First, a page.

pool = array([0]*Tmax)
counts = [ ]

# initialization
for i in range(m):
counts.extend( [i]*(m-1) )
hist[i] = (m-1)
pool[m-1] = m

x = array(list(range(1,Tmax+1)))
fig = figure(figsize=(18,6))
subplot(1,3,1)
width = .7
xw = x-width*.5
bar_ob = bar(xw, hist, width, color='r')
ylim(0,Tmax/4)
xlim(0,Tmax)
title('Num friends per actor')

subplot(1,3,2)
bar_ob2 = bar(xw, pool, width, color='g')
ylim(0,Tmax/4)
xlim(0,Tmax/3)
title('Num actors of degree')

subplot(1,3,3)
loglog(xw,1e2/xw**3,'k-')
loglog(xw,1e3/xw**3,'k-')
loglog(xw,1e4/xw**3,'k-')
ll = loglog(xw,pool,'o')
title('loglog degree plot')
xlim(1,1e3)
ylim(1,1e2)

show(block=False)

for t in range(m,Tmax):
friends = []
for i in range(m):
newfriend = sample(counts,1)[0]
while newfriend in friends:
newfriend = sample(counts,1)[0]
friends.append(newfriend)
counts.extend(friends)
for i in friends:
hist[i] += 1
pool[hist[i]] += 1
pool[hist[i]-1] -= 1
counts.extend([t]*m)
hist[t] = m
pool[m] += 1

for rect, h in zip(bar_ob, hist):
rect.set_height(h)

for rect, h in zip(bar_ob2, pool):
rect.set_height(h)
ll[0].set_data(xw,pool)

fig.canvas.draw()
time.sleep(0.1)

main()
• yard-sale model: random world, pure luck
[Show code]
#import matplotlib
#matplotlib.use('gtkagg')
#matplotlib.use('gtk')
#matplotlib.use('wx')
from numpy import *
from numpy.random import rand, randint
import matplotlib.pyplot as plt
import matplotlib.animation as animation

import time

plot = plt.semilogy
plot = plt.plot

beta = 0.08
n = 40
x = array(list(range(n)))+1
y = ones(n)
y = y + 1e-7*rand(n) # avoids warning about collapsed y limits # 2018-04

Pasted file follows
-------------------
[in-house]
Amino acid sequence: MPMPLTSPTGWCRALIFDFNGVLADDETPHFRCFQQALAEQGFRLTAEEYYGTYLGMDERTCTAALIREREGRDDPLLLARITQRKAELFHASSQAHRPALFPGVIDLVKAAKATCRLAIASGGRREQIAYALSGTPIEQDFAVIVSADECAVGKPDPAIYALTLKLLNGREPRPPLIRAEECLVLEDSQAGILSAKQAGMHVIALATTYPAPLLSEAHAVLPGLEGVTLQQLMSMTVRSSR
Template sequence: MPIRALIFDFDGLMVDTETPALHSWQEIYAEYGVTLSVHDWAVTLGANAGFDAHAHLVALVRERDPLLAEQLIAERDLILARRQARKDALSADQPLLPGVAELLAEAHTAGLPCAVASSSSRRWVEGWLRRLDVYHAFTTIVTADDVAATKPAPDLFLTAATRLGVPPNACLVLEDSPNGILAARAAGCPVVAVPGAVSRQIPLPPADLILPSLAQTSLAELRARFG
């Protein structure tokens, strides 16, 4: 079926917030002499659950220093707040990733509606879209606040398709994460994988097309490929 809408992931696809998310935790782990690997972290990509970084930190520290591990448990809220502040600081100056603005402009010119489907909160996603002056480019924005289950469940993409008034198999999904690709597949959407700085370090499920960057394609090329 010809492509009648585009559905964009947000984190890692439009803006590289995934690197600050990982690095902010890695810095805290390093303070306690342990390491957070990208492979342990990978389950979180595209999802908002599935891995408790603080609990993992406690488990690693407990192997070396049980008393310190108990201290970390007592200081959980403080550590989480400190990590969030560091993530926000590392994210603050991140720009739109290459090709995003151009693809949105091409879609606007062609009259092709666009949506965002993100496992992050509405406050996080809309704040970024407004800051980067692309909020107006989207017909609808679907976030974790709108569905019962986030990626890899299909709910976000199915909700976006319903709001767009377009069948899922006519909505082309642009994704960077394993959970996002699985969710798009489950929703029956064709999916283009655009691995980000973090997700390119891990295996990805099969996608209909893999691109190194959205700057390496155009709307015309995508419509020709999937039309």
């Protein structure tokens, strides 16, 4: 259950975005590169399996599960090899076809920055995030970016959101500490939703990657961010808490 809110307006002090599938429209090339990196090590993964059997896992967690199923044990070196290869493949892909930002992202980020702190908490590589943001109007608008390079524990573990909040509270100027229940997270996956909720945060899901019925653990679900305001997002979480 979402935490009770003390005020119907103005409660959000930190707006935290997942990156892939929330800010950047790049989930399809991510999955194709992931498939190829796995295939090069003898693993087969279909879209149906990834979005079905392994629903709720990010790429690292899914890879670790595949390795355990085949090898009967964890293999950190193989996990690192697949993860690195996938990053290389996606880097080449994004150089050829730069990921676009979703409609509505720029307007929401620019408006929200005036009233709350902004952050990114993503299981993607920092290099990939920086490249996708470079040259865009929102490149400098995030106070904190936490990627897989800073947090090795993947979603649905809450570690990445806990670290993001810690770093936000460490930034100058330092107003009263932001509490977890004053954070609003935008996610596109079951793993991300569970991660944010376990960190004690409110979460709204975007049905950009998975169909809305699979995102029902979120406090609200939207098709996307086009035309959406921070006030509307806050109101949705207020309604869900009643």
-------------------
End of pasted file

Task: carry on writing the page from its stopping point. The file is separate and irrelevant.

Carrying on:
def update():
"""
Randomly pick two players.  These
players randomly exchange \$v dollars
"""
i, j = randint(0,n), randint(0,n)
if i == j:
return
#v = beta*min(y[i],y[j])
v = min(y[i],y[j],beta)
i, j = (i,j) if rand() < 0.5 else (j,i)
y[i], y[j] = y[i] + v, y[j] - v

def genData(w=0):
while w < 2000:
w+=1
for t in range(n):
update()
z = y.copy()
z.sort()
z = flipud(z)

yield w, y, z

def updater(data):
t, y, z = data
g1.set_data(x,y)
g2.set_data(x,z)
g3.set_data(x,z)
#plt.draw()
#plt.savefig('v2frame%03d.png'%w)
#time.sleep(.01)

fig = plt.figure(1, figsize=(12,6))
plt.subplot(1,3,1)
g1 = plot(x,y,'go').pop()
plt.ylim(1e-5,20)
plt.xlim(0,n)
plt.subplot(1,3,2)
g2 = plot(x,y,'ro-').pop()
plt.xlim(0,n)
plt.ylim(1e-5,20)
plt.subplot(1,3,3)
g3 = plt.loglog(x,y,'ro-').pop()
plt.xlim(1,n)
plt.ylim(1e-5,20)
ani = animation.FuncAnimation(fig, updater, genData, interval=10)
plt.show()
• Poverty traps
• Isolated
• Community driven

## Models as lenses

• Newtonian mechanics – the world is deterministic, predictable, driven by cause and effect (catenary), explained by a universal theory

• Statian – the world is random and only knowable in an average sense (meteorites)

• Nonlinear dynamics – steady states and bifurcations

• Chaos, game of life, … complexity sometimes emerges from simple rules

• Game theorist – competition where payoffs are maximized by anticipating the actions of others